Brunei is in the mix for its oil and gas industry, and can provide a market for exports of processing and refining equipment, in addition to encouraging regional processing for TPP members Australia and Malaysia, both of whom have significant crude of their own.
This of course has implications for China. The country faces issues qualifying for TPP membership anyway, due to non-compliance in certain commerce sectors in which the government retains control (such as the internet, banking and government procurement), and is also paying the price for decades of lip service towards intellectual property protection. China is also at a disadvantage for raising the mandatory labor costs in the country in too fast a manner. There was little thought for phasing this in over a longer period of time, as the CCP wished to maintain domestic political popularity by increasing the wealth of Chinese nationals. It is unknown whether this is a sustainable trend in China’s economy or may be shown to be a strategic mistake. It also remains arguable that this issue is in fact responsible for the China slowdown that is now occurring. The problem for the China manufacturing industry is that it may have priced itself out of the market and has now become uncompetitive. The TPP presents an alternative to China production in certain industry sectors.
TPP Tariff Reductions Impacting Positively Upon U.S. Exporters
The TPP reduces tariffs on imported goods for numerous items that will impact positively on American manufacturers in a number of industries. In effect, this counter-balances advantages that China has under its own FTA with ASEAN and similar agreements that the United States is not signatory to. Not being part of these has meant that Canada, Mexico and the United States in particular have endured a trade disadvantage when compared to China. It should be noted that collectively, each of these countries are trillion dollar economies and represent some serious trade muscle that seems to have been strategically bypassed by China’s own FTA, trade agreements and bilateral trade policies. Beijing in this instance appears to have miscalculated the importance of the NAFTA region.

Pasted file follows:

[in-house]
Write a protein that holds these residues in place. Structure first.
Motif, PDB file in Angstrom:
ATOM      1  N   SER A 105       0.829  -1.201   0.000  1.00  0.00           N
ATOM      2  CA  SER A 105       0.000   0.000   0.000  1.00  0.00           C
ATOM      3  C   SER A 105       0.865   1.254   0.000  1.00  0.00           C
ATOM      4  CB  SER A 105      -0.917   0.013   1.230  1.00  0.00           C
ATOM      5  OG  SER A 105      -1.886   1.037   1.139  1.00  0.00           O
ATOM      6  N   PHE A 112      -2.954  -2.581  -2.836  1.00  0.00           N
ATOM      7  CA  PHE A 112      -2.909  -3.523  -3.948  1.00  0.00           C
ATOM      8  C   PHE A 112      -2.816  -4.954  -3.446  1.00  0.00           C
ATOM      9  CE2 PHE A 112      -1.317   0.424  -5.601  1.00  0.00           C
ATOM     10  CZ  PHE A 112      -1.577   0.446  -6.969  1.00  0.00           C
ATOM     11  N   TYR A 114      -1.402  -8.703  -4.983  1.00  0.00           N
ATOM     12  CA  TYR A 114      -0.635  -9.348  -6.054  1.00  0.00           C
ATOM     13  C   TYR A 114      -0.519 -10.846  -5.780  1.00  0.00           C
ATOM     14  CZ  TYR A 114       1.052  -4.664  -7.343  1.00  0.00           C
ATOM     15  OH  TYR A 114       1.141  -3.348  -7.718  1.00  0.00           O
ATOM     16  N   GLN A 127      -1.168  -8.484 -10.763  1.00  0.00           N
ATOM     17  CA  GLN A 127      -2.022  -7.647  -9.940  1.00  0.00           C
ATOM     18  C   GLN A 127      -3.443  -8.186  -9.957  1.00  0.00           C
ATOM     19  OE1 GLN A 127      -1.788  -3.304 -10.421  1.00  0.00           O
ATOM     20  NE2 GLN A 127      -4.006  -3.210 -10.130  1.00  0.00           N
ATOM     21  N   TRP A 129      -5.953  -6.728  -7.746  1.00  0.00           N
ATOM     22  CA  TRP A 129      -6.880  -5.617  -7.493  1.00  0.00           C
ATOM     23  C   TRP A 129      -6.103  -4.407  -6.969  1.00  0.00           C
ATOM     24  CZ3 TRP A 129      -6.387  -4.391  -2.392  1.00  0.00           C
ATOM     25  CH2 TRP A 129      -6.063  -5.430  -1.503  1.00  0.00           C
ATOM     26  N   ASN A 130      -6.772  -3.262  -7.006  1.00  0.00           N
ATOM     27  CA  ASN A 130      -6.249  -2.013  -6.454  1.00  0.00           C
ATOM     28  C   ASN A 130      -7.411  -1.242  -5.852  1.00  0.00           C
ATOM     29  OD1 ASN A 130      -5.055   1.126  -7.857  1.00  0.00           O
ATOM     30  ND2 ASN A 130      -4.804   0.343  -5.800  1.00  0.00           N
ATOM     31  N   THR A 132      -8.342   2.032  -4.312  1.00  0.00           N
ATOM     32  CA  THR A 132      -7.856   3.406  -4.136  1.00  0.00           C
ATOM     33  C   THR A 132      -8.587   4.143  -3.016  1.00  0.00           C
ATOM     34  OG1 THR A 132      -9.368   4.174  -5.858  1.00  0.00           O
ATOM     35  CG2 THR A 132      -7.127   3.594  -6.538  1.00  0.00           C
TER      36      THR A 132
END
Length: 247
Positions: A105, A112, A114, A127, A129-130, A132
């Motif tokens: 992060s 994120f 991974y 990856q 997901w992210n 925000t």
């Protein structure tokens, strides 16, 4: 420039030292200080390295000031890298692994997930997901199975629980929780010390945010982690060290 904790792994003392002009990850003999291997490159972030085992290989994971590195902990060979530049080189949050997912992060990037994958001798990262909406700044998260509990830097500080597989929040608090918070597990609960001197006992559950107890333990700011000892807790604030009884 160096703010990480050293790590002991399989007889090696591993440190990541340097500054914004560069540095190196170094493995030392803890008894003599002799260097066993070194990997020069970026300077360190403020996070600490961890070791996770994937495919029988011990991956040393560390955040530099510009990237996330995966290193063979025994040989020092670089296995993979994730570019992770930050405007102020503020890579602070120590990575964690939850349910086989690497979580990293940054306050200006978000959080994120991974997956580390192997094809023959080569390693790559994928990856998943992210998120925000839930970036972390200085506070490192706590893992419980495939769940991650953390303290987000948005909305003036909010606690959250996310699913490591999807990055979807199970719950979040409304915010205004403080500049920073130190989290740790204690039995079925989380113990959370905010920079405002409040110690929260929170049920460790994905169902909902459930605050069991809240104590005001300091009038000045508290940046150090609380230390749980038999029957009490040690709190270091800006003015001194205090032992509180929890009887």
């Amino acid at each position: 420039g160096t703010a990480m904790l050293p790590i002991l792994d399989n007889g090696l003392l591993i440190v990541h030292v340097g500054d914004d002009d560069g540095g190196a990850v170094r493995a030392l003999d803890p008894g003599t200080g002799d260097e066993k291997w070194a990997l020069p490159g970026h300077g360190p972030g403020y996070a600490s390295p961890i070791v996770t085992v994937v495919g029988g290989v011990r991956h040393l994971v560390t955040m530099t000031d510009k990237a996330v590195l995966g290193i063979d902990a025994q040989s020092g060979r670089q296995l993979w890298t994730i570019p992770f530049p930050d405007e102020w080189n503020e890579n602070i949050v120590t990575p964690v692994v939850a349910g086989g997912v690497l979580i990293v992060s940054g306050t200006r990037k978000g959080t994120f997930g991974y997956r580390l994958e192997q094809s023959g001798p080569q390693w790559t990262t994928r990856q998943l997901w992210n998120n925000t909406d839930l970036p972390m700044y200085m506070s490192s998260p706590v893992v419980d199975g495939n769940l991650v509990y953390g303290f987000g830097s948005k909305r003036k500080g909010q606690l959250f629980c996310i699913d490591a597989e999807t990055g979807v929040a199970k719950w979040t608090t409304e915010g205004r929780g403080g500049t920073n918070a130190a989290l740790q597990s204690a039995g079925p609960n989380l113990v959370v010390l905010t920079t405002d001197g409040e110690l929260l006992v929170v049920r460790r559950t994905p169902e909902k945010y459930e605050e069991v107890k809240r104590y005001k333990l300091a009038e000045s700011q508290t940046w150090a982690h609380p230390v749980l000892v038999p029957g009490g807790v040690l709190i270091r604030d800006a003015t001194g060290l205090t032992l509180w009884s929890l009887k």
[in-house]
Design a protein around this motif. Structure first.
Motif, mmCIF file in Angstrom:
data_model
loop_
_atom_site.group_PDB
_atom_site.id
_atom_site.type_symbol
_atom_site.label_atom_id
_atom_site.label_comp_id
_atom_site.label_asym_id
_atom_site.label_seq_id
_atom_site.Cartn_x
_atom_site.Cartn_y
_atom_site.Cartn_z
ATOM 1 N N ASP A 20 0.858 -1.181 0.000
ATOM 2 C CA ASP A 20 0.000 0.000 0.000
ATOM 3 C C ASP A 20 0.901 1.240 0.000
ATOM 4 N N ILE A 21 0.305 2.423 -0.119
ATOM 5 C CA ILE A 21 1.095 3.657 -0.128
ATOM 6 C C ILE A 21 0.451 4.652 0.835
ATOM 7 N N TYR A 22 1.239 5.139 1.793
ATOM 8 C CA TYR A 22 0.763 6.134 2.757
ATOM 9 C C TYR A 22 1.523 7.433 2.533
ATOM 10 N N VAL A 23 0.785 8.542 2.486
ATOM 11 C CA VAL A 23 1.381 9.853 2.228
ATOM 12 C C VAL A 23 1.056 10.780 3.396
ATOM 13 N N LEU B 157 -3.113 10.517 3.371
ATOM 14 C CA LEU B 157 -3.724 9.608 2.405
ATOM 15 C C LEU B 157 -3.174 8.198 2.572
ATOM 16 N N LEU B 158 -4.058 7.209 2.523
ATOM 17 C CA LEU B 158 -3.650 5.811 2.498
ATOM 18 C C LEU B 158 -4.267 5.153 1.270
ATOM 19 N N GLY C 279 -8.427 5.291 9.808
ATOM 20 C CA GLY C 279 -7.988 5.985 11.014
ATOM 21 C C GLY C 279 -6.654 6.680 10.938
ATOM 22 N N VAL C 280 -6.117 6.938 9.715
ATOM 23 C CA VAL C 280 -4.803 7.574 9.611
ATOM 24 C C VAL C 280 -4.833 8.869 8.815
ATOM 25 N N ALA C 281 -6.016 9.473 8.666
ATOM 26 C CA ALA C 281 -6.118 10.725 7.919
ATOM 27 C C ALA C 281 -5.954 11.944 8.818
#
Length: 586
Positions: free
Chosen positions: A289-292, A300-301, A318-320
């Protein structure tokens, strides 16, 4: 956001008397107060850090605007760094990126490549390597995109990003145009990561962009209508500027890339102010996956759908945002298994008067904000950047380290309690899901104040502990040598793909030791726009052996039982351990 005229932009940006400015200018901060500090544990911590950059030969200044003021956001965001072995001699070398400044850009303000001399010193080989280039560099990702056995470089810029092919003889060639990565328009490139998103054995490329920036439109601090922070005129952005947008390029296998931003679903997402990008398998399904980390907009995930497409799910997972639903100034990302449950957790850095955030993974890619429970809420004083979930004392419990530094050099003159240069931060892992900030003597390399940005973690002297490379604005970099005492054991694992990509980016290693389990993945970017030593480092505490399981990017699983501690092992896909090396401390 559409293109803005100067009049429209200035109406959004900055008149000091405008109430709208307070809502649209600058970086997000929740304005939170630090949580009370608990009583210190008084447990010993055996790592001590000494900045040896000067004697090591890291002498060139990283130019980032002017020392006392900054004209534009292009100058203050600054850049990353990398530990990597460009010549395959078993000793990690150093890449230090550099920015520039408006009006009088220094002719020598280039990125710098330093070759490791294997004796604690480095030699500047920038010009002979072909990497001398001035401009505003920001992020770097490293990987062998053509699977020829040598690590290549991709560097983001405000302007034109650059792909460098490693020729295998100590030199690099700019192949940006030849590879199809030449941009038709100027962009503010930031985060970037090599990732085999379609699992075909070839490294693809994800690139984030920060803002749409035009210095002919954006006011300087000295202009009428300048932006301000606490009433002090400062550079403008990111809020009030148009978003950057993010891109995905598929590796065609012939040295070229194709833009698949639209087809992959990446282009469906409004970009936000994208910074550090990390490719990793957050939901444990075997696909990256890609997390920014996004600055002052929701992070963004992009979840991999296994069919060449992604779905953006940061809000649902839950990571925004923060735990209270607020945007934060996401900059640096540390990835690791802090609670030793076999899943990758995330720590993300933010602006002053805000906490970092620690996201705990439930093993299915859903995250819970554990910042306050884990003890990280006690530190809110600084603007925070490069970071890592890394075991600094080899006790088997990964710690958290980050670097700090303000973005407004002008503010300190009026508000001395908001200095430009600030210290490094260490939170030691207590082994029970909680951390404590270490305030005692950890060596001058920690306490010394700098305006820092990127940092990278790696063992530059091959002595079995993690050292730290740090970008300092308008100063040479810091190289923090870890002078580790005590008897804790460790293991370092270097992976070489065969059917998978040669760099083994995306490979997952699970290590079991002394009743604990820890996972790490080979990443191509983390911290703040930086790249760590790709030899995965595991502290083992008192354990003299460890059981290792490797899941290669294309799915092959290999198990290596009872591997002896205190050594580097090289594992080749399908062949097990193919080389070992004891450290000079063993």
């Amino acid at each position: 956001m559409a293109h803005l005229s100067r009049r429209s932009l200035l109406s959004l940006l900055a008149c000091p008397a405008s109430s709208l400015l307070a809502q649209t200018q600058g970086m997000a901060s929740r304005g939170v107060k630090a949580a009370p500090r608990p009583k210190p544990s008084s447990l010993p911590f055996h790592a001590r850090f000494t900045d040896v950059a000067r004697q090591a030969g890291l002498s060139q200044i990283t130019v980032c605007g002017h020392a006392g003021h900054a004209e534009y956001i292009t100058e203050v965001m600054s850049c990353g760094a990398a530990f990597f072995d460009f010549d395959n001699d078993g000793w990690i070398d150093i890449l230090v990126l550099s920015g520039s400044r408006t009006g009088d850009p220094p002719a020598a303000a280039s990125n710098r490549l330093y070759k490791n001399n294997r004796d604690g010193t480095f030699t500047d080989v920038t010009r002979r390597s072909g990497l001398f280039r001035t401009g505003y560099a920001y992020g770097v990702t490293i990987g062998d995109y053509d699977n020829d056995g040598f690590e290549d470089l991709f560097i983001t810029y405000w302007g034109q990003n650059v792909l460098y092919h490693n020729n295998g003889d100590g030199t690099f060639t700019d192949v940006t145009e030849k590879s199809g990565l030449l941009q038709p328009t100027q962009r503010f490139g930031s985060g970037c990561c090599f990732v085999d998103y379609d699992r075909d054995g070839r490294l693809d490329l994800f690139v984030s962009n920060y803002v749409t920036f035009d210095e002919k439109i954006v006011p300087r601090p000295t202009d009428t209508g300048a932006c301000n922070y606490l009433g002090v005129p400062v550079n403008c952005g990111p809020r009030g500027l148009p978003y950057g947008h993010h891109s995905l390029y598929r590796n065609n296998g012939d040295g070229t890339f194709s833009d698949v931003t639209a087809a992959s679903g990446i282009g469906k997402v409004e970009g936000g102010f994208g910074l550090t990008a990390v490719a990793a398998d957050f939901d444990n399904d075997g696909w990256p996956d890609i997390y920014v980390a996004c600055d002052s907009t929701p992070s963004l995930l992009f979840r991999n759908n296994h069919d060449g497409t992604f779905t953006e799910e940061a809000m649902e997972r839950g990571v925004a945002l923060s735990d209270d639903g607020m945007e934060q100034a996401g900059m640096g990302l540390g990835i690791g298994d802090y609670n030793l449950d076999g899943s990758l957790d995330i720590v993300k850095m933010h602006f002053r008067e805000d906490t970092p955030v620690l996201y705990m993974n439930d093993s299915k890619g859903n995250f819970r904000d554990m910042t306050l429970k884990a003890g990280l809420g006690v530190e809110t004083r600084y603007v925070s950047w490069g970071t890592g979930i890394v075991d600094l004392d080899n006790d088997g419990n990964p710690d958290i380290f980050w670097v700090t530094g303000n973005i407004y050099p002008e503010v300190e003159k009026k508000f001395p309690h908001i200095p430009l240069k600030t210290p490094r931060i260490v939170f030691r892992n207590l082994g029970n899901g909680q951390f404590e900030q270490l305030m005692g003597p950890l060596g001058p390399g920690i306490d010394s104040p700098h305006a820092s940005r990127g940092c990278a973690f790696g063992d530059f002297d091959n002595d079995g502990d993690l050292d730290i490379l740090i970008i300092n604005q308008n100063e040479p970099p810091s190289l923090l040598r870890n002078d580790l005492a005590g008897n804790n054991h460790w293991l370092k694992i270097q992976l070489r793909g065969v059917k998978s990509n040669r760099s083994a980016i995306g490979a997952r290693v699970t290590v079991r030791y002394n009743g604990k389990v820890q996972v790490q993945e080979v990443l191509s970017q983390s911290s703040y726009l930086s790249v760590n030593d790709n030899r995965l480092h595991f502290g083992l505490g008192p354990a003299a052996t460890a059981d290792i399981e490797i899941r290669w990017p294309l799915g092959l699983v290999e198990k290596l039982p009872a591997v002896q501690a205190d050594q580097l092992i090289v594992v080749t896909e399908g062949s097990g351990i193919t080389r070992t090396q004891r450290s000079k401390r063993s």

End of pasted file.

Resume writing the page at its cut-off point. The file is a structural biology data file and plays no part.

This omission has meant that, as an example, Vietnamese auto parts buyers pay a 27 percent tariff if they choose American or NAFTA manufactured parts, but only five percent or no tariff at all on similar Chinese- or Thai-made auto parts under the China-ASEAN FTA. This is obviously to the disadvantage of American and NAFTA auto component manufacturers. In the longer term, it will also be damaging to local manufacturing in ASEAN, as it denies them access to superior quality North American products and hinders them from eventually upgrading the quality of Asian made vehicles. China, after all, has often failed in its QC. The TPP offers alternative and often higher quality sourcing options in this regard.
As the USTR more specifically notes, prior to the TPP agreement actually taking effect, several TPP countries are imposing tariffs that translate into very high costs for buyers of North American products. For example, Malaysia charges tariffs of 30 percent on American autos, while Brunei has tariffs as high as 20 percent on machinery. Japanese tariffs on leather footwear can rise as high as 189 percent out of quota and 17 percent on fruits and vegetables, and even higher for oranges in season; Vietnam imposes tariffs averaging 9.4 percent on manufactured goods, with these tariffs often rising as high as 27 percent for auto parts and 68 percent for trucks. Vietnam also imposes high rates in agriculture, as high as 30 percent on cuts of pork. The TPP agreement will eliminate these, meaning new export trade benefits arise for the North American auto component, agriculture, textiles, oil & gas and machinery manufacturing industries. When coupled with a tougher IP stance also introduced under the TPP remit, there are more secure opportunities for the subsidiary industries that go hand in hand with these primary sectors – the fashion and consumer brands associated with them all being a case in point.
Another trend that may develop from this is more American-Australian ventures being established, especially in the Asian TPP hub of Singapore. Being able to call on Australian management, expertise and infrastructure with similar corporate mindsets, yet with the proximity of Asia close to hand, may well be a way for North American investors to both spread risk yet jointly develop mutually viable products for their respective markets.
TPP Benefits for Australian & New Zealand Exporters
Australia and New Zealand are not quite so impacted by the TPP as the United States, as they have already enacted an FTA with the ASEAN bloc known as the AANZFTA. That deal, which is being phased in, has eliminated tariffs on 67 percent of all traded products between ASEAN, Australia and New Zealand, and will expand to 96 percent of all products by 2020. The AANZFTA was the first time ASEAN has embarked on FTA negotiations which covers all sectors, including goods, services, investment and intellectual property rights, making it the most comprehensive trade agreement that ASEAN has ever negotiated. Details of this agreement may be found here.